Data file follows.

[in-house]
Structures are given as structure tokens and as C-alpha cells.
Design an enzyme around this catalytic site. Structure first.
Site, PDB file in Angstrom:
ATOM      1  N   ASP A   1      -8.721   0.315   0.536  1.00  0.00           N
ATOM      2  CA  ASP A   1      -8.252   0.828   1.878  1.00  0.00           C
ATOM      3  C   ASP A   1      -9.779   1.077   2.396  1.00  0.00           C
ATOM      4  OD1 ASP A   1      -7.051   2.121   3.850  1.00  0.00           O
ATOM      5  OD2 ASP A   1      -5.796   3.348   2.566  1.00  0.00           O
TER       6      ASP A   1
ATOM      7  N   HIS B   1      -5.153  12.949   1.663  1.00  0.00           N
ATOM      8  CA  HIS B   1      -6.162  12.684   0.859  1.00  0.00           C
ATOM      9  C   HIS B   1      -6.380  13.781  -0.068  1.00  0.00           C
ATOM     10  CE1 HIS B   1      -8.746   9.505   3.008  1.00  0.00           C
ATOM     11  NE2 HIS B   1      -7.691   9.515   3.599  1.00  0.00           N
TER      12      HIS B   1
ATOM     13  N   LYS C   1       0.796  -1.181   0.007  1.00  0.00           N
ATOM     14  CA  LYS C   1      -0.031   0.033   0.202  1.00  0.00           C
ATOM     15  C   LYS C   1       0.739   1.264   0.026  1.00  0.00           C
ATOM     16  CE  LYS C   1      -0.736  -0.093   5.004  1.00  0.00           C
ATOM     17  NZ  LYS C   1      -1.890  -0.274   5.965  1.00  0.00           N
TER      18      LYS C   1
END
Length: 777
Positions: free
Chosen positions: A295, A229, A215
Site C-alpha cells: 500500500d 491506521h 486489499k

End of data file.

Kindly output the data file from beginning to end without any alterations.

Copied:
[in-house]
Structures are given as structure tokens and as C-alpha cells.
Design an enzyme around this catalytic site. Structure first.
Site, PDB file in Angstrom:
ATOM      1  N   ASP A   1      -8.721   0.315   0.536  1.00  0.00           N
ATOM      2  CA  ASP A   1      -8.252   0.828   1.878  1.00  0.00           C
ATOM      3  C   ASP A   1      -9.779   1.077   2.396  1.00  0.00           C
ATOM      4  OD1 ASP A   1      -7.051   2.121   3.850  1.00  0.00           O
ATOM      5  OD2 ASP A   1      -5.796   3.348   2.566  1.00  0.00           O
TER       6      ASP A   1
ATOM      7  N   HIS B   1      -5.153  12.949   1.663  1.00  0.00           N
ATOM      8  CA  HIS B   1      -6.162  12.684   0.859  1.00  0.00           C
ATOM      9  C   HIS B   1      -6.380  13.781  -0.068  1.00  0.00           C
ATOM     10  CE1 HIS B   1      -8.746   9.505   3.008  1.00  0.00           C
ATOM     11  NE2 HIS B   1      -7.691   9.515   3.599  1.00  0.00           N
TER      12      HIS B   1
ATOM     13  N   LYS C   1       0.796  -1.181   0.007  1.00  0.00           N
ATOM     14  CA  LYS C   1      -0.031   0.033   0.202  1.00  0.00           C
ATOM     15  C   LYS C   1       0.739   1.264   0.026  1.00  0.00           C
ATOM     16  CE  LYS C   1      -0.736  -0.093   5.004  1.00  0.00           C
ATOM     17  NZ  LYS C   1      -1.890  -0.274   5.965  1.00  0.00           N
TER      18      LYS C   1
END
Length: 777
Positions: free
Chosen positions: A295, A229, A215
Site C-alpha cells: 500500500d 491506521h 486489499k